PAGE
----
15. The case of Chandran who was the child dealt with in S. T. 135 of 1979 is in no way different. That too is by the Chief Judicial Magistrate, Calicut In the same terms as in the previous case a case seems to have been registered against the children, five in number, for wandering about without any means of livelihood. The petitioner here is the 3rd among those mentioned in the First Information Report. We wonder how a First Information Report is filed in such a case as if a crime has been committed. The filing of First Information Report is quite inapporpriate and we would even say quite improper. Whatever that be it is merely on that report that the Magistrate is seen to have acted. He was remanded from time to time and on 6-12-1979 the Chief Judicial Magistrate found that the child was a neglected child and directed his detention in the Children's Homo until he ceased to be a child. Here again if only the Magistrate had acted in accordance with the Children's Act he could not have found on the materials available that the child was neglected. An attempt should be made in every case to ascertain the whereabouts of the parents of the child and to persuade them to lake the child to their home. It is only when it could be positively found that the children will not be accepted at their homes that the court should find that the child is neglected. The order sending the child to the Children's Home has to be quashed in this case also.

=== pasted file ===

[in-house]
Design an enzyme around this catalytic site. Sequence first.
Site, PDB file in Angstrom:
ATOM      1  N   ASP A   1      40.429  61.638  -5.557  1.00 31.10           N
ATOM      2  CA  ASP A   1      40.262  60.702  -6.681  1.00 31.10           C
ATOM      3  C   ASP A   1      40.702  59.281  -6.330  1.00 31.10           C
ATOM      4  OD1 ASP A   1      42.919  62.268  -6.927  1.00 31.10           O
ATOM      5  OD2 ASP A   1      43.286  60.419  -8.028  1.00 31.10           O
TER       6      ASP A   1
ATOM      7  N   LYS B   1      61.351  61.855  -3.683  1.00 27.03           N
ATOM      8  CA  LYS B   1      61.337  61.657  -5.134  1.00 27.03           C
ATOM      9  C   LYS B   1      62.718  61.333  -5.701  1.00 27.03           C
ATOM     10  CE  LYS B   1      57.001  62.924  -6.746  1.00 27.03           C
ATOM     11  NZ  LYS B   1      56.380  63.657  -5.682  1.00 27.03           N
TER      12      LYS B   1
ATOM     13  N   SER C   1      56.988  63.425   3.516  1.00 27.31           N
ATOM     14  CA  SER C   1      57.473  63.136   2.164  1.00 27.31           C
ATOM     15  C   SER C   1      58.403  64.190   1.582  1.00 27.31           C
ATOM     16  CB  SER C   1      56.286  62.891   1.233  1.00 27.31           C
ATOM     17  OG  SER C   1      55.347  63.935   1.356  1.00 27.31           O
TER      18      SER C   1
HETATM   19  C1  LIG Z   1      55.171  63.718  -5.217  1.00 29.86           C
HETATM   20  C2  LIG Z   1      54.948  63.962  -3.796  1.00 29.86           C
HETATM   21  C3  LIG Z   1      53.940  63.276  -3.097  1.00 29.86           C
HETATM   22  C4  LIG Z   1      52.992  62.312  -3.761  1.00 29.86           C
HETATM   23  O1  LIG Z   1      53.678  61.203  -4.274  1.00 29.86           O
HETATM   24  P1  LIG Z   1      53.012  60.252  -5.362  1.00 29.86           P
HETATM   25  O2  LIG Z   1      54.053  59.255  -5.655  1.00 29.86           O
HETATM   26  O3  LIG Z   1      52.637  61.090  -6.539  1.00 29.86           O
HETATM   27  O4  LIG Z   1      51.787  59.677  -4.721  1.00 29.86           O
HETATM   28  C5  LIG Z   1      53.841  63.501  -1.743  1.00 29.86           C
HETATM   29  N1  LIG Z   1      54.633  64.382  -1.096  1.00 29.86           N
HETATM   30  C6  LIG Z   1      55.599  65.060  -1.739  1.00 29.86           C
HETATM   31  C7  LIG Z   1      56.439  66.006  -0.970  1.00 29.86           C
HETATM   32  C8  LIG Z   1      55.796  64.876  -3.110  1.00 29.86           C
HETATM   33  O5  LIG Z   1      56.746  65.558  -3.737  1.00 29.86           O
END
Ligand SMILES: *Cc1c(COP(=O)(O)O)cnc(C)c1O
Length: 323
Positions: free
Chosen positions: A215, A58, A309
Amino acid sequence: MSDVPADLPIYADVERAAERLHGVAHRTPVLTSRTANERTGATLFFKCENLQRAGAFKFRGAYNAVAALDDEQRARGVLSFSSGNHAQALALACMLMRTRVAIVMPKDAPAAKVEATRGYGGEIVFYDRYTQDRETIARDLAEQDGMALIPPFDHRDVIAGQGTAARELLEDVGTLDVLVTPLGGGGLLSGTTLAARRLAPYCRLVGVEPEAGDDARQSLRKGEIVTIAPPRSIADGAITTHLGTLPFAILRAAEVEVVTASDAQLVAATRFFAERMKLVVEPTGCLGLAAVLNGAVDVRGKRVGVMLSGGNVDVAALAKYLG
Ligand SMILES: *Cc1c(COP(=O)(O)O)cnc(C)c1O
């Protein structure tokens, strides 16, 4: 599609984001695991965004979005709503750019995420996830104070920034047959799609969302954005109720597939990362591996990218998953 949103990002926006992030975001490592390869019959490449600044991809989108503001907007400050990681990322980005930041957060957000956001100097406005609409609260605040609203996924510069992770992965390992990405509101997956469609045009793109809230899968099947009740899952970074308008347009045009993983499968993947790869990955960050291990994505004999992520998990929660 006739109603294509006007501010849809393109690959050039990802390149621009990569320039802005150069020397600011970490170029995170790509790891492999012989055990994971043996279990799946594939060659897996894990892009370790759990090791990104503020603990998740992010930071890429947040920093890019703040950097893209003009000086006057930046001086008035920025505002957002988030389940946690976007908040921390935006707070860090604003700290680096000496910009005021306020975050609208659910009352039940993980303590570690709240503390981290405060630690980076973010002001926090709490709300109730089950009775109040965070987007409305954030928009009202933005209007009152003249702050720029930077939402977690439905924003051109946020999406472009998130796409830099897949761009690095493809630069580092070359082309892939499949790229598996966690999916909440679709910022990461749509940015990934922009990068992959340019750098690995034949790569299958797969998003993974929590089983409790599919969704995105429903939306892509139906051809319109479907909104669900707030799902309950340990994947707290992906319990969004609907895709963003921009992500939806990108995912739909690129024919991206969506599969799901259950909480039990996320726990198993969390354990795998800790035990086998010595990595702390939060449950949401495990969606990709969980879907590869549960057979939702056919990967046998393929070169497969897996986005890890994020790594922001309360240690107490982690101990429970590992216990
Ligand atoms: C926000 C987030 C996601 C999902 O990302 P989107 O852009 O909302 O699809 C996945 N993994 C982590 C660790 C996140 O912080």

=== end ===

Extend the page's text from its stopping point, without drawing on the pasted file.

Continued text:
16. Now we will deal with the eases relating to delinquent children. There are two classes of cases : (1) cases relating to theft and (2) cases relating to Abkari Act. Sulaiman, a child against whom S. T. 19 of 1980 was taken up by the Children's Court, Trivandrum, Sivan, a child against whom S. T. 23 of 1980 was taken up, Surendran, a child against whom S. T. 1 of 1981 was taken up, Mohanan, a child against whom S. T. 38 of 1980 was taken up all by the same Children's Court are those concerned with commission of offences under Section 58 of the Abkari Act. They were said to have been seen to be in possession of some arrack and based on such case of illegal possession of arrack they have been charged. Sulaiman, Sivan, Surendran and Mohanan were all convicted under Section 58 of the Abkari Act finding them guilty and they were all committed to the Balamandir for 2 years. We may once again draw the attention of those entrusted with applying the Kerala Children Act to the provision in Section 20 of the Act. It is that provision which they have to keep in view when they deal with children whether it be the Children's Court or the Magistrate empowered in that behalf. That section operates notwithstanding anything to the contrary contained in any other law for the time being in force. The first among the four enumerated orders that the Children's Court could pass is to allow the child to go home after advice or admonition. Not a single case that we have come across has ever made use of this provision. The second is to direct the child to be released on probation of good conduct placing it under proper care. This again is not seen done. Even in regard to offenders who are adults if they be first offenders and the offences are such that it would he advisable to invoke the provisions of Probation of Offenders Act they would be released on probation. In none of these cases there has been an attempt to give the child the benefit of probation. If the child earns money and if he is over fourteen years of age the court can order to pay fine. In none of these cases it has been found that the child earns money and hence the provision was not invoked. To direct the child to a special school is only one of the four ways of dealing with the child. It is well to remember that a special school is envisaged in the Act as a school which must provide the child (11 with accommodation which means proper accommodation (2) with maintenance which means it would be properly looked after (3) with education which means there must be a properly run school (4) with facilities for development of the character and ability of the child which means that there should be provision for all round development, physical and moral and (5) necessary training for his reformation which means there should be programmes which would inculcate moral values in the child. Strangely enough the Children's Court, excepting in the case of he child Shaji, has even forgotten the existence of a special school. The courts have directed the children to be sent to the Balamandir Or Children's Home. In the case of Shaji the Judicial First Class Magistrate who dealt with the matter-whether he was competent to do so is yet another question - has directed the child to be committed to the certified school, evidently meaning a special school. The conviction of these children which is not contemplated by law and consequently imposing what is evidently conceived as a sentence are factors sufficient to grossly vitiate the orders remanding the children to the Children's Home. These orders therefore require to be vacated.